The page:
So, although there still is a role for spend management, the New Normal goal is to optimize for Value – control spending, but include quality and service.
Relationship segmentation
How do we get to this Value Management? Should we make this a priority with all our thousands of suppliers? Of course not - there’s probably not enough time in the year for that. So, some sort of relationship segmentation is required. 
One approach is to create a Relationship Matrix. And, this Relationship Matrix can be quite simple, as in Volume of Spend plotted against Criticality of the Product or Service. 
Volume of Spend is usually simpler to figure out. If you took your invoices from suppliers last year, you’d be pretty close to being able to plot this axis. Sometimes Volume of Spend needs work and clean-up because suppliers have subsidiaries, they have different names and vendor numbers in your ERP. However, if you looked at your top twenty percent of spend, you’d probably find most of the suppliers that you wanted to manage by spend.
Criticality of Product or Service is where you would need to some subjective assessments. Several different items might go into this dimension. Here are some suggestions:
-       How critical is this product to our business?
-       Does this product span multiple business units?
-       How long would it take to replace this product?
-       How long is our contractual relationship with this supplier?
-       How many products and services does this supplier provide?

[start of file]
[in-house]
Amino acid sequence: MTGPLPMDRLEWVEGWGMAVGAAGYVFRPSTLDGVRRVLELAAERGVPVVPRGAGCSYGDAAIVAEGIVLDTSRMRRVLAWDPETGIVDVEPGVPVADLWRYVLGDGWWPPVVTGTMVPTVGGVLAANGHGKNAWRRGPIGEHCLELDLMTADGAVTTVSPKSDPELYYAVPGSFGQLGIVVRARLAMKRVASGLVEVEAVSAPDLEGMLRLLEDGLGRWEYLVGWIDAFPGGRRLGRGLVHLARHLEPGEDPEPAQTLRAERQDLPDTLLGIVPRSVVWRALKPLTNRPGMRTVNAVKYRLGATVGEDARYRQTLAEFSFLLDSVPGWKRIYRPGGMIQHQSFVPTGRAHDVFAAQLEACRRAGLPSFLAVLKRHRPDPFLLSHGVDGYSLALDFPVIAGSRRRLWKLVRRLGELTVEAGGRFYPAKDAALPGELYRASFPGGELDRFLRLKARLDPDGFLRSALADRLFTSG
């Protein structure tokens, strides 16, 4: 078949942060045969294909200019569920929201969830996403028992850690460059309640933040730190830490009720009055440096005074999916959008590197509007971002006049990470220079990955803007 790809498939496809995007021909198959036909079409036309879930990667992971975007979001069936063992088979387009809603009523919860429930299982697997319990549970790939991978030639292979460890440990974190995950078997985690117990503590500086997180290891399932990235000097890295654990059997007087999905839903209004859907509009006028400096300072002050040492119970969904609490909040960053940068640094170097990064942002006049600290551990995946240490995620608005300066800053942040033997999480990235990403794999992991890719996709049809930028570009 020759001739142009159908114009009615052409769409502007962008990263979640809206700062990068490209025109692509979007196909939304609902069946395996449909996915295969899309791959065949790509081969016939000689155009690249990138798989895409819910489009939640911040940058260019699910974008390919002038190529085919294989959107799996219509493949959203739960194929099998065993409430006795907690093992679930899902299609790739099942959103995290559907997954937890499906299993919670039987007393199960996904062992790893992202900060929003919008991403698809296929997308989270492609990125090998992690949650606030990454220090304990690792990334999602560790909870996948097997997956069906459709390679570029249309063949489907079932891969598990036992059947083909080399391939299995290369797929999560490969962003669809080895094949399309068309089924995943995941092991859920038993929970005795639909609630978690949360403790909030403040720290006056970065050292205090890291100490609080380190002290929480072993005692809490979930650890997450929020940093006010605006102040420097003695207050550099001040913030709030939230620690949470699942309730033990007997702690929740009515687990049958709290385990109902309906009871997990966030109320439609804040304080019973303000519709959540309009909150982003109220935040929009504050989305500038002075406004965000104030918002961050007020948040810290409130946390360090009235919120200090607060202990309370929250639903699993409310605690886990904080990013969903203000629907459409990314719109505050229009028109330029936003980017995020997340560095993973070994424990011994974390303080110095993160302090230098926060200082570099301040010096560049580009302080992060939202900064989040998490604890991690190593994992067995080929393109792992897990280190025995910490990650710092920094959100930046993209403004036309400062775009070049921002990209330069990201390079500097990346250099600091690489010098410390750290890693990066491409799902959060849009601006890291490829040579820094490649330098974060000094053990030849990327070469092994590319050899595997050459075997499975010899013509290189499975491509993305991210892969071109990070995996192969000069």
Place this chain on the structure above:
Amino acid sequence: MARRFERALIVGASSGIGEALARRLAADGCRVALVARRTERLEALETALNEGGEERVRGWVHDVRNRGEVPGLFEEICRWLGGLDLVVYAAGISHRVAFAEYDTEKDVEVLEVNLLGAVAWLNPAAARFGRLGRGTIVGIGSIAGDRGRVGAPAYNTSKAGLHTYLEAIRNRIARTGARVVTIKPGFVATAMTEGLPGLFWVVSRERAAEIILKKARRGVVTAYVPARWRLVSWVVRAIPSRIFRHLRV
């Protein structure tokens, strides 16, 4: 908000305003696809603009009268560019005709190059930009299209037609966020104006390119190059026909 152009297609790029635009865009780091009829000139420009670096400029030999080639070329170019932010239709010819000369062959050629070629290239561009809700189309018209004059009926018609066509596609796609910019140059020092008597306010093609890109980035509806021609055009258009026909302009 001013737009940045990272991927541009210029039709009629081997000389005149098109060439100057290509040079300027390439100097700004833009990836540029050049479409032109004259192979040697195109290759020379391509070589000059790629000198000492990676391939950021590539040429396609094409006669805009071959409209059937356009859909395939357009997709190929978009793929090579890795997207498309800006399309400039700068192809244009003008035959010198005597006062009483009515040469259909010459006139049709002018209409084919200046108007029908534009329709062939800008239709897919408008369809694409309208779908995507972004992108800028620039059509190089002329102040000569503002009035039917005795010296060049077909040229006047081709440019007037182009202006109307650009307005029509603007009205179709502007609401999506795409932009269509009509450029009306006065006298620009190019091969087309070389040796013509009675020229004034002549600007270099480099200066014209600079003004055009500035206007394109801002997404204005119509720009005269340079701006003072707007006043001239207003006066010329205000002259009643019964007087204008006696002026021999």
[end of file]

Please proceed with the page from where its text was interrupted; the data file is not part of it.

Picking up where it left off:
Having determined each vector, suppliers can then be placed in the appropriate sector. The majority of the effort will then be spent in the Value Management sector.

What is the Changing Role of Procurement?
What role can Procurement serve in ensuring that Value is the top priority? One of the most important changes is to change the goals and measures set for Procurement success. If savings and speed to contract remain the only measures of Procurement success, it will be hard to alter the Spend Management philosophy. However, Procurement can take the lead in establishing its new role, one in which Value Management is at the forefront. 
The first step is to define the desired characteristics. What would be most helpful in the relationship with our suppliers? Here are some suggestions:
-       Flexibility in the relationship
-       Cooperative and responsive to requests of all types
-       Available for meetings or other requests
-       Access to new ideas, new products, new services
-       Top notch account representatives assigned to our account
-       Access to innovations, whether in a product, service or new ways to do business
-       An open and honest relationship where both parties bring ideas and cooperation to the table
Having established the “what”, the next step is to make sure that the relationships are built into the sourcing process, meaning that we select the right suppliers, negotiate the right deals and that the right values are built into the relationship from the start. 
Finally, we need to make sure that the value doesn’t slip away during the term of the relationship. Both sides need to be measured on how well they live up to their relationship. Suppliers will continue to be measured on their relationship commitments, but we need to make sure that we enable that relationship and don’t fall back into our Spend Management ways.
Conclusion
The New Normal says we just can’t afford to do business the way we have for the last hundred years. Our relationships need to be cooperative, not adversarial. We need to be flexible and responsive and we need to have relationships with our suppliers that are equally as flexible and responsive to a rapidly changing business environment. Let’s have a customer-supplier relationship that is like that top notch grocery store described in the introduction – let’s have a Value based relationship.
 
Sharon Horton, PMP, is a Senior Consultant with Ariba’s Best Practice Center with over twenty five years experience in procurement and supplier relationship management. Sharon has worked with many Fortune 100 companies establishing procurement and contracting goals and practices.